(00:42:46): And it's based on... There's not real, I think, thinking going on. I don't know if you ever noticed this, I don't know if I've seen it in person or if it's only through videos, but if you were to try to get someone who is adamant All Lives Matter and ask them, "But do Black Lives Matter?" "All Lives Matter." They will not come close to touching the words in sequence of saying Black Lives Matter, because it's a concept and it's identity politics. "No, no, no. I can't say those words, you see, because then I might be confused with being on your side."

 

Elisia Parham (00:43:23): Exactly.

 

Adam Williams (00:43:23): Let's remove these concepts and just be human with each other. I have mentioned, I think, on this podcast before, that I talked with a therapist. In fact, I've advocated for a national therapy plan for everybody because I think we all need it.

 

Elisia Parham (00:43:40): Oh, definitely.

 

Adam Williams (00:43:41): And I talked with a therapist yesterday and there were some politics that came into it, and she had it, I think, a fantastic bit of advice here. Let's bring our conversations with people who we think have different politics, let's bring them back to values. What are your values? And I suddenly, again, I visualize stuff. I started to visualize this middle ground that can seem like such a divide between us filling with all that we have in common.

 

You know, you love your family, you care about your sense of stability, security, participation in community, being accepted, all of these things just like I do. And so, I think the idea of values is something I want to remember and bring to conversations with people in the future. Let's place our energy there on what those human values we share are.

Elisia Parham (00:44:32): Yeah, that's a good point too because kind of like a few points you mentioned is that getting a person to say Black Lives Matter if they believe All Lives Matter, I feel like it conveys two things. People who... I don't know. I feel like we talked about this when we met up. People who are scared of the R word, people just don't like the word race. I feel like that also plays a lot into it because they're like, "Oh, if I say black or if I say white, or if I say Hispanic, or if I place this identity on this person, am I going to be perceived as if I don't believe or I'm not showing what I believe?"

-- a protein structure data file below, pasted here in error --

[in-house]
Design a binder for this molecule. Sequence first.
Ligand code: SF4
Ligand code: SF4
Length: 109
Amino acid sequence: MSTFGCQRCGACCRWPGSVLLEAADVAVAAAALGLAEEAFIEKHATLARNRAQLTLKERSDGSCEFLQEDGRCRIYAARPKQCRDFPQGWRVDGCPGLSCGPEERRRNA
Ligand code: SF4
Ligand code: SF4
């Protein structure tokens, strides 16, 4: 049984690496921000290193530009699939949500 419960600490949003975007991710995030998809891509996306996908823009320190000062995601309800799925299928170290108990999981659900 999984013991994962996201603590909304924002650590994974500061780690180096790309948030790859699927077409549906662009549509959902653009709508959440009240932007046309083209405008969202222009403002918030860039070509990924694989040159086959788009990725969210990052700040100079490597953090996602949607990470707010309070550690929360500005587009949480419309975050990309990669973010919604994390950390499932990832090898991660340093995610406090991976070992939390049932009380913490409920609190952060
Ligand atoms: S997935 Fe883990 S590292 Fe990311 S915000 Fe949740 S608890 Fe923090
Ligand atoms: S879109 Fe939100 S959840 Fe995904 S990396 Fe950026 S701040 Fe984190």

Adam Williams (00:45:12): Or I might say it wrong.

 

Elisia Parham (00:45:13): Or I might say it wrong. And I think there's humility in saying something wrong, but then being corrected out of love. And I think, also, to your point too, is that I'm all for human connection. So whether you're black, white, Hispanic, indigenous, whatever the case may be, the point being is that we are all connected by our humanity.

 

Mind, body, soul, spirit, whatever you may believe, we're all connected, mind, body, heart, spirit, soul, in that. So the best way to divide us as people is to place the labels, is to place the identities. And not to say that I'm not going to walk around saying, "Oh, I'm not black." That's not what I mean, but it's to understand that, "Yes, I'm black, yes, you're white, but let's talk about the humanity."

 

Like you said, you care about your family, I care about mine. You want a better future for your kids and I want to make sure that my kids aren't going to have to be protesting against your kids or whatever the case may be.

 

(00:46:08): I don't want my kids or the future African American generation, whatever the case may be, to be in the same position that we are in right now because this is the same position that... Not the exact same position that our ancestors were in, but the same position in fighting for our right to live, our right to be connected, our right to understand that we want a better future.

 

And I feel like, even taking it a step further, is that my proposal, too, is that... Let's not even talk about you, right? Let's talk about what future do you want for your kids? Do you want your kids to continue to live through mass shootings? Do you want your kids to continue to live through what it's like to see constant black people laid out on the street? Because it pops up on social media all the time.

 

(00:47:00): And I was like, "Are you aware of the inherent trauma that that's placing on them?" And I'm 25, so I've been through, not even within the place, but just our history of school shootings, right? I said, "We're to a point now where we're making bulletproof backpacks." And I said, "We're to a point now where we are, as black people, we're still fighting for the right to live."